Installed and configured Google’s new Chromecast content broadcast device on my 8 YO Sony 1080i HD TV tonight. Installation was fairly straightforward with only a minor process glitch when saving the WiFi login info during setup. [Note: The web app accidentally switches your WiFi connections back to your WiFi network before completing the setup. You need to switch it back to the Chromecast WiFi network to complete installation.] Once the device is configured I was able to easily launch Netflix from either my iPhone or iPad and send the show to the TV by clicking the new Chromecast broadcast button. OOTB I was able to use my Netflix and Youtube apps with the device but did not see the broadcast icon when browsing content via Chrome.
The biggest differences between Apple TV and Chromecast are that, 1) Apple TV is a standalone device, and 2) Apple TV has infinitely more content options available to you. With iCloud you can stream all your purchased Music, TV Shows and Movies to Apple TV. You can also “mirror” anything on your Mac, iPhone or iPad directly on your TV via Airplay.
Chromecast’s immediate advantage is the price and to some degree, size – although none of the Google ads show that you need to two connections to make the device work; HDMI for the image and USB to power the device. Over time Google will update more of their apps and others with the ability to broadcast content to the device. They are also rumors that HBO Go will soon be available (but don’t quote me on that).
The Google Chromecast offering is a good initial attempt but if you are invested in the Apple ecosystem (via iTunes) then Apple TV is still a better way to go. You can even pick-up a refurbished Apple TV for only $75 on their website.
I still have fond memories of decorating a Christmas tree as WPIX TV played “Yule Log”. Watching the White House fireplace beautifully burning on TV while listening to holiday music made our small NYC apartment feel like a wonderful home out in the country. When I learned of iYule.tv produced by Cali Lewis (GeekBriefTV), Geoff Smith, Paul Colligan and Neal Campbell in the NYTimes today I was eager to give it a try.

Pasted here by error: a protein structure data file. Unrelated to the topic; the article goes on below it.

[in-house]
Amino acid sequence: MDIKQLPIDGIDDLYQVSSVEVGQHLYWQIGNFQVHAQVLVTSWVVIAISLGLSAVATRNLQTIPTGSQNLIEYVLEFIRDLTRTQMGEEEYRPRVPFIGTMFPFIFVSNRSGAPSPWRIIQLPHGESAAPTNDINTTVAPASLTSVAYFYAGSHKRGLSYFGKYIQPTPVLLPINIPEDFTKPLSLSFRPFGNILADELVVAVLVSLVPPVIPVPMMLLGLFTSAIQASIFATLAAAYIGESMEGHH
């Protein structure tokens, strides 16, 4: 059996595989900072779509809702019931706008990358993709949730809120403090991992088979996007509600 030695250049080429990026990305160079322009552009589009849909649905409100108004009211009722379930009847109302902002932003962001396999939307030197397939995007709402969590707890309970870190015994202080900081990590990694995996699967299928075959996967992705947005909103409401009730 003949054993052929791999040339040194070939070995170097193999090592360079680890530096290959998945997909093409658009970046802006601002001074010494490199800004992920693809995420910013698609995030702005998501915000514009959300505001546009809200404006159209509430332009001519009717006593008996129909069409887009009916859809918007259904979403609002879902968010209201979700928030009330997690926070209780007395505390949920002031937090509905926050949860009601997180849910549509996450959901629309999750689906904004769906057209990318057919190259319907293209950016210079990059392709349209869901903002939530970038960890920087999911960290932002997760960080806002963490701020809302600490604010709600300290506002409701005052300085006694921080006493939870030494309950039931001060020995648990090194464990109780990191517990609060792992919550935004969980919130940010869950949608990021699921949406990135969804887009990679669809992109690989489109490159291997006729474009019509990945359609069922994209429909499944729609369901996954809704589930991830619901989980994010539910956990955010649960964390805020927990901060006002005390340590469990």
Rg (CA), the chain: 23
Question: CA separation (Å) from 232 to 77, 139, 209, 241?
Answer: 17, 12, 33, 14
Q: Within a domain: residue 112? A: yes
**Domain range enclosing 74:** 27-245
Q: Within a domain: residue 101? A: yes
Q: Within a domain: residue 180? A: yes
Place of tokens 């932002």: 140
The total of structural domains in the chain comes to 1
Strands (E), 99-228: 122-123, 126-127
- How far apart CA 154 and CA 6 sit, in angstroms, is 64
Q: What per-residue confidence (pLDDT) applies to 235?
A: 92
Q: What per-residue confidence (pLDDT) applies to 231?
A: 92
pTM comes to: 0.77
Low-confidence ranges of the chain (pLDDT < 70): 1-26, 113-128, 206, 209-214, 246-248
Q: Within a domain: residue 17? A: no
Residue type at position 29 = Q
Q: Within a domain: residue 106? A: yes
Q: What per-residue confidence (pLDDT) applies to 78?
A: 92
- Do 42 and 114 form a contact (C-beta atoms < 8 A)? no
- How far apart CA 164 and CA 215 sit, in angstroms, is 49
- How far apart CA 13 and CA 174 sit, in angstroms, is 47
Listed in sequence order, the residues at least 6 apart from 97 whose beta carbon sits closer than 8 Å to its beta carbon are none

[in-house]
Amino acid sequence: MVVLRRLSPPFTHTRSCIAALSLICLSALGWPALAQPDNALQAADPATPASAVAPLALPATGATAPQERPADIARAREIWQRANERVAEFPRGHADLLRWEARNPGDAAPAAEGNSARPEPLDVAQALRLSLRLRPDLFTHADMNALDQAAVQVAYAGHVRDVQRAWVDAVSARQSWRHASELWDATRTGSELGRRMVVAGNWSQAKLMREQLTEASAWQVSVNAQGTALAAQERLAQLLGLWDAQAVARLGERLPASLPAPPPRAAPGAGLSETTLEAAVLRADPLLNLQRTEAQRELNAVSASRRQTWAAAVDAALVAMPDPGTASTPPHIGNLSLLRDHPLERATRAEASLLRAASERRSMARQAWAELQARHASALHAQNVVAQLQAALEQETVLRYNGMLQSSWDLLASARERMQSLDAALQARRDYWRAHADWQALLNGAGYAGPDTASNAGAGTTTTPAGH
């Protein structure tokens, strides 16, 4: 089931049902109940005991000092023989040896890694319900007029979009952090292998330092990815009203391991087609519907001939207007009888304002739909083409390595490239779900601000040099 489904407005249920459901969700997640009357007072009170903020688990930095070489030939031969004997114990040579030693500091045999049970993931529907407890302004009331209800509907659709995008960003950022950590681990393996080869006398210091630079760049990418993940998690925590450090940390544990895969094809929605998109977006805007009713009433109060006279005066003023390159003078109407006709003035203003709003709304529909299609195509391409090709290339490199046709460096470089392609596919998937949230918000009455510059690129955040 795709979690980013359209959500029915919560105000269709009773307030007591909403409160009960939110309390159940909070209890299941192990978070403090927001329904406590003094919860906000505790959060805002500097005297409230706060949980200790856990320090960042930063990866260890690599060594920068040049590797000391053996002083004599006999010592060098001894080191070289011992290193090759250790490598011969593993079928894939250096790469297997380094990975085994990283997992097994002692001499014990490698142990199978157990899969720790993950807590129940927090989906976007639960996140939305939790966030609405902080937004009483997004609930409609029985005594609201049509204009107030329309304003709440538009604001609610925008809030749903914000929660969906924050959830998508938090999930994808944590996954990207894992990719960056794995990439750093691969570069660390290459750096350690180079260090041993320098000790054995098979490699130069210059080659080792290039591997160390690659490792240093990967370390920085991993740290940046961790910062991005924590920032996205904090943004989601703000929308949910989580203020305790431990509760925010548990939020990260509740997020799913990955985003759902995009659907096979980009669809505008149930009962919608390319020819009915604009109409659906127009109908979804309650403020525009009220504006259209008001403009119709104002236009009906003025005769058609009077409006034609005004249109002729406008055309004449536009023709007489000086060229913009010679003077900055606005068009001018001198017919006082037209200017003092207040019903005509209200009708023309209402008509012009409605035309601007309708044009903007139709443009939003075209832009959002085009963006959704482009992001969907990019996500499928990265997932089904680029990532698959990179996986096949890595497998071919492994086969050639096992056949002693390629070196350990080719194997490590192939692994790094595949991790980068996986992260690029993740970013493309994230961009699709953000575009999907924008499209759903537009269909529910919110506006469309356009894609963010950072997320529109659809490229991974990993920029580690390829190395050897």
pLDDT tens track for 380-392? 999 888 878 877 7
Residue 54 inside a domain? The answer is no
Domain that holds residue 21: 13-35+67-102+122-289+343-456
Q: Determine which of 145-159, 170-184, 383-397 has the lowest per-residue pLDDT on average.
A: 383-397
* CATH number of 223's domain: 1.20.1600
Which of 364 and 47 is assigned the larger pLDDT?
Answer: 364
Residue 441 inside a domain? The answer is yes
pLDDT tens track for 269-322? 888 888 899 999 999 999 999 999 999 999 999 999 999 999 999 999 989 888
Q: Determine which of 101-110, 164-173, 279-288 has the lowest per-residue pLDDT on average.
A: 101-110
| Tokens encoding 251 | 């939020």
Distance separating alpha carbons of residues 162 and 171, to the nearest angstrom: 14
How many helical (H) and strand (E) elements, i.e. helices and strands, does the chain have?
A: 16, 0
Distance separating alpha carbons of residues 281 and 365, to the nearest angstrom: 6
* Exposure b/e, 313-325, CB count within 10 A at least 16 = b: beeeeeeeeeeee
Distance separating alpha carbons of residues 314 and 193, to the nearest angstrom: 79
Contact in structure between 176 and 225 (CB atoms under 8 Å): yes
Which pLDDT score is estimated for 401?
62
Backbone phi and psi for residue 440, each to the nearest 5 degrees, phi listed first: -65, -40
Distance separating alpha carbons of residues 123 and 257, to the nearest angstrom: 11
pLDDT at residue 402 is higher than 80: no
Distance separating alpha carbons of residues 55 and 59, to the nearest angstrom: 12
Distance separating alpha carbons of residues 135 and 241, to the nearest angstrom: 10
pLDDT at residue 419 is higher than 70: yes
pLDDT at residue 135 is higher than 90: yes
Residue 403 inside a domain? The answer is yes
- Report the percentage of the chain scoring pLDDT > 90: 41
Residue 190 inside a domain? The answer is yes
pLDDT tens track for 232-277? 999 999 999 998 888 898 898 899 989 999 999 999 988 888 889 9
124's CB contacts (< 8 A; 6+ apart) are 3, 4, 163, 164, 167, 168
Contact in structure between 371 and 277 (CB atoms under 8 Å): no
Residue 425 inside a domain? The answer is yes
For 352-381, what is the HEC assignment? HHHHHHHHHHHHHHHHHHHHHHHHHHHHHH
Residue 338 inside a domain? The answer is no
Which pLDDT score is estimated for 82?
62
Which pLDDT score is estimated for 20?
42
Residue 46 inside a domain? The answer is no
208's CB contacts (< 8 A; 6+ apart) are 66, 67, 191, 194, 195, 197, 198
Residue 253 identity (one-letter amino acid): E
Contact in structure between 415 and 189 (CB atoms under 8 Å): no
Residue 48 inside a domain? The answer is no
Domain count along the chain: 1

The team provides a 30 minute video comes complete with snaps and crackles of a real fireplace in multiple file formats for $5 each (both with and without a musical soundtrack). You can also download all formats for $10. The file sizes include support for the iPod Nano, iPod Classic, AppleTV and PCs & Macs. The quality is great and the soundtrack is remenisant of the interlude music often played during Peanuts animated movies. Very soothing.
If you have been dreaming of cosying up in front of a warm fireplace but don’t have access to one, this is the next best thing.
Edwin Tofslie has created a very simple image that visually illustrates the evolution of Apple’s products from the Apple I to the newly announced iPhone. Viewing all the images I find myself saying, “I owned that, used that, owned that … “.
From time to time I find myself utilizing YouTube.com’s services but I have never found myself scanning its pages for user submitted gems. That may change now that Apple has upgraded AppleTV with a YouTube browse feature. The software upgrade took about 10 minutes and after a short reboot I was able to scan hundreds of videos that have been converted into Apple’s H.264 format.
What was really cool was the ability to log into my personal YouTube account from AppleTV and view all the videos I have previously marked as favorites.